Kerry McPhail, associate professor in the Oregon State College of Pharmacy, studies coral microbes in the field. In a sense, she’s an agent of “ecosystem services.” A medicinal chemist, she looks to reefs as untapped sources of new drugs. “Microbes are the absolute best chemists out there. Their chemistry is unlike anything synthetic chemists can really think of without inspiration,” says McPhail, after returning from a recent trip to a different stretch of Saudi Arabian reefs.
Drug discovery and coral reef diversity go hand-in-hand, and they provide a way to communicate the value of these habitats. McPhail’s team found a promising molecule in Coiba National Park in Panama in an area threated by onshore development. “The discovery of that compound has helped to justify the preservation of that area,” she says.
In the heart of the Willamette Valley, Oregon State may seem like an odd place to find a concentration of coral experts, but the Lizard Island Research Station is not. This collection of breezy labs with interconnected walkways and aquaria fed by water pumped from a sandy beach lies in the shadow of Cook’s Look, the tallest peak overlooking Australia’s Great Barrier Reef.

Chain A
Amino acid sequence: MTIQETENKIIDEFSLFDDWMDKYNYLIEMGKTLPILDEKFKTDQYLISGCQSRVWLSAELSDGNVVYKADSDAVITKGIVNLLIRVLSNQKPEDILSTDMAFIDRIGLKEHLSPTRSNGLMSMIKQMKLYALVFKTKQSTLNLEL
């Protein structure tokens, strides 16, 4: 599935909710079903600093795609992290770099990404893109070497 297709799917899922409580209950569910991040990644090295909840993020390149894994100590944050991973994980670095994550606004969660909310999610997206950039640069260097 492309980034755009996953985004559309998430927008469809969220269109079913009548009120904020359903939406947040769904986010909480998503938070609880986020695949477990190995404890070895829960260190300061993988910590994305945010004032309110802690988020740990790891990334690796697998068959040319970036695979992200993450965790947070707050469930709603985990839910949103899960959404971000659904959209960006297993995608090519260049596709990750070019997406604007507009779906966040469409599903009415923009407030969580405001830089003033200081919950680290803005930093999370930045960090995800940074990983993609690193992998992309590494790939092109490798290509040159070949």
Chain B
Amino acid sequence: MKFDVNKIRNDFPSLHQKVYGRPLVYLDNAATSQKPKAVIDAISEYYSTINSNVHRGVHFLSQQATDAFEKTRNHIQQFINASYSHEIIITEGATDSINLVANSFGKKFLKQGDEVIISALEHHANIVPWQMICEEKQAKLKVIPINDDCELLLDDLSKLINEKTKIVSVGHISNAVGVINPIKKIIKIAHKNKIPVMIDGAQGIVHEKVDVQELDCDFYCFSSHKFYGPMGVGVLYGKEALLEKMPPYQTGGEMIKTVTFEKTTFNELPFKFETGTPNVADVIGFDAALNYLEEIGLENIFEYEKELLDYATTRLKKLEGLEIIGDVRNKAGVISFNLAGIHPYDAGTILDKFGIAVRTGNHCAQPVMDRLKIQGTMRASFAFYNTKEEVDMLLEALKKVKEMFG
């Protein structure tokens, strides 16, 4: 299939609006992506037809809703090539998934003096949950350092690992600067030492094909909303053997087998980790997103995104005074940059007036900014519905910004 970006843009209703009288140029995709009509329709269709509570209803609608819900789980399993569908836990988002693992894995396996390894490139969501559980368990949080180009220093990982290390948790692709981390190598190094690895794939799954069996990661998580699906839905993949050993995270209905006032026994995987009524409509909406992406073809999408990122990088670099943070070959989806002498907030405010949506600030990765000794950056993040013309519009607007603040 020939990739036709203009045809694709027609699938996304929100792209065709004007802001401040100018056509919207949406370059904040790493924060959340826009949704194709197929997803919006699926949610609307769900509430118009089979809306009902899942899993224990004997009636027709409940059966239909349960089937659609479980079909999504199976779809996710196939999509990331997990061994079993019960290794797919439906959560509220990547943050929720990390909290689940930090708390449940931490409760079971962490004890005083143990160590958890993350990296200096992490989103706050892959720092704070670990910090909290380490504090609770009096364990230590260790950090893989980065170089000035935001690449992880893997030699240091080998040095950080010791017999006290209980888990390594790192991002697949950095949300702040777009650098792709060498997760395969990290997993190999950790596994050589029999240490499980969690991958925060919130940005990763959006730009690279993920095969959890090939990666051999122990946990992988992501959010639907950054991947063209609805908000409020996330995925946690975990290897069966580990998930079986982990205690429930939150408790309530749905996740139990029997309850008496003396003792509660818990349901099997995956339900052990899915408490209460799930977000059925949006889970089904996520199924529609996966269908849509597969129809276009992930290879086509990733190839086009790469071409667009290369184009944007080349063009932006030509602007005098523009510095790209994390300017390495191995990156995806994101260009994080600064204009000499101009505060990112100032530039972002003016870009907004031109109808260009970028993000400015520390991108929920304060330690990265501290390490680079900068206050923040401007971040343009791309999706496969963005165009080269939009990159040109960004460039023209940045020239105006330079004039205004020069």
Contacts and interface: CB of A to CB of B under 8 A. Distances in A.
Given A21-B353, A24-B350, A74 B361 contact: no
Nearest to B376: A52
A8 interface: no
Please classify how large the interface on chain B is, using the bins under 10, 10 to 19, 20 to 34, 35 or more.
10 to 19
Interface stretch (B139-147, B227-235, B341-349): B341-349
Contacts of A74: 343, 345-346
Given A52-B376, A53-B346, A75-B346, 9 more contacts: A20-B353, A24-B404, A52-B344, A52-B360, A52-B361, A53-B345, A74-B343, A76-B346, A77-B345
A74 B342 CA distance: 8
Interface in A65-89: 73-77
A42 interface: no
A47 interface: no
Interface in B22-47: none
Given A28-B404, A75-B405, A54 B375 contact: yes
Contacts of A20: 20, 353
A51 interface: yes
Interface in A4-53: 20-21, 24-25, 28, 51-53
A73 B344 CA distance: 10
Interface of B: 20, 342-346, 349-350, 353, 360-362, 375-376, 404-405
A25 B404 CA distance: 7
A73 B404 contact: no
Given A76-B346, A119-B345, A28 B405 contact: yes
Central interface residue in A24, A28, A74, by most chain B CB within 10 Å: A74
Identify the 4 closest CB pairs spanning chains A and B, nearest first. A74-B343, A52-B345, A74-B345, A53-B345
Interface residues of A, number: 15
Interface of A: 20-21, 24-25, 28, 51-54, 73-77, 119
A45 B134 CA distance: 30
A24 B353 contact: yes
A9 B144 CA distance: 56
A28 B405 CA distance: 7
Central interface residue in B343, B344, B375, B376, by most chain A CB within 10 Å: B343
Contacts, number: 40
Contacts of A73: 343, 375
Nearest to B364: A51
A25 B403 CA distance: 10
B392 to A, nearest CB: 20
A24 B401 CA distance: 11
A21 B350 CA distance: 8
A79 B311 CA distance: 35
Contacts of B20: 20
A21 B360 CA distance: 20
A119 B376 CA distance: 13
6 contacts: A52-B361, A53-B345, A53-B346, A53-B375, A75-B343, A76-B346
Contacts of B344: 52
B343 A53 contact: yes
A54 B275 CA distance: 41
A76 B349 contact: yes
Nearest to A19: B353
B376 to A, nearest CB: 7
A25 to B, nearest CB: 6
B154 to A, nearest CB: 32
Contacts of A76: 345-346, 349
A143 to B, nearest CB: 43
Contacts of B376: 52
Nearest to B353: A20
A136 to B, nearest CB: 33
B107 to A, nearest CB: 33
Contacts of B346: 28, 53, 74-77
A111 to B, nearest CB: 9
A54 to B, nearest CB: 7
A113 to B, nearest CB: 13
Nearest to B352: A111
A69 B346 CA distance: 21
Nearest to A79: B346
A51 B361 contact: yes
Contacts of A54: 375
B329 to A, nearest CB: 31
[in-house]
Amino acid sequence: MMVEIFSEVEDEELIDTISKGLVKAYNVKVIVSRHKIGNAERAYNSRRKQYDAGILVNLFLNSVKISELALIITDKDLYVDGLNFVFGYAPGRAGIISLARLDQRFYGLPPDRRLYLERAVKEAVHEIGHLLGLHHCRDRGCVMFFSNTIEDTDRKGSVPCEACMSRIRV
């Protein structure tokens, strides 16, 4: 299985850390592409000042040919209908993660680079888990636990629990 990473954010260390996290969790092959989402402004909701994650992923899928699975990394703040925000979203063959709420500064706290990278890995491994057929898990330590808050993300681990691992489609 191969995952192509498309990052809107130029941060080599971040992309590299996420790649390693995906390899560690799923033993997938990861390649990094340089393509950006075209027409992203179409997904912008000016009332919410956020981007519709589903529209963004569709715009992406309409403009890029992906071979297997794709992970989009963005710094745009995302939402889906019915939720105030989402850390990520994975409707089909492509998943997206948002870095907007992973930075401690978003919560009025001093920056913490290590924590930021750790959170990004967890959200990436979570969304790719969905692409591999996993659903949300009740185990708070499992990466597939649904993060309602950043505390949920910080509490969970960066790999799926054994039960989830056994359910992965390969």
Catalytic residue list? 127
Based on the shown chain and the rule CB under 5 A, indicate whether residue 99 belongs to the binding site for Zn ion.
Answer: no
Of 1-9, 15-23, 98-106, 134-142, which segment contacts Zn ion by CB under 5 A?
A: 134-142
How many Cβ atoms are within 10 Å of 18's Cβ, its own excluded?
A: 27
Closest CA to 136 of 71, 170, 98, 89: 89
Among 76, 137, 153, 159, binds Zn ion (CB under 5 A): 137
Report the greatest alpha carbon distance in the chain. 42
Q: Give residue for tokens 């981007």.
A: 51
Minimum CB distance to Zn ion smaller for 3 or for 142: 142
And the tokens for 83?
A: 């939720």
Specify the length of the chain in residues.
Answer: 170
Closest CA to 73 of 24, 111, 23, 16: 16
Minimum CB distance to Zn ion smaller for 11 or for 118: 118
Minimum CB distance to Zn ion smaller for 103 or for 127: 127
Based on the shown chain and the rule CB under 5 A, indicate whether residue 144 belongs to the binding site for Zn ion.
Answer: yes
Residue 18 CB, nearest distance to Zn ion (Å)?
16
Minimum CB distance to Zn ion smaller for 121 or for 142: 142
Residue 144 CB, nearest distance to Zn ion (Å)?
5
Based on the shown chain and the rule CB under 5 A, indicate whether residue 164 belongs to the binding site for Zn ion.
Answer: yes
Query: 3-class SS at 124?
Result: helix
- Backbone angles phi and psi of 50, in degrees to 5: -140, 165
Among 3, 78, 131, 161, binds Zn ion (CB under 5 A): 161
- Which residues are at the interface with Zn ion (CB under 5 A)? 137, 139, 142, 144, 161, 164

In 1770, Captain James Cook climbed this island’s summit and gazed out at the patchwork of pastel blues and greens that stretch to the horizon in all directions. His heart sank. The words he wrote in his journal hang in the research station’s main breezeway:
“Sunday, 12th…when I immediately went upon the highest hill on the Island, where, to my Mortification, I discover’d a Reef of Rocks laying about 2 or 3 Leagues without the Island.”
For Cook, the “Reef of Rocks” was a maze, a dangerous navigational nightmare that was frustrating his exploration of Terra Australis, still unknown to Europeans. But today we actually know what the native aboriginal peoples understood for tens of thousands of years: Those reefs are among the richest, most diverse ecosystems on the planet and a cornerstone of life in the ocean.
While visiting Lizard Island on a fellowship in 2014, Ryan McMinds helped establish the template for fieldwork on the Global Coral Microbiome Project. There he collected samples as a proof-of-concept for the project.
Situated on the world’s largest barrier reef, Lizard Island is surrounded by coral diversity. The magnificent reefs are visible from shore. The shadows of turtles and sharks drift over them. From such a vantage point, it’s hard to take a pessimistic view on the outlook of their survival. To Cook’s dismay and our delight, Lizard Island seems rich in coral.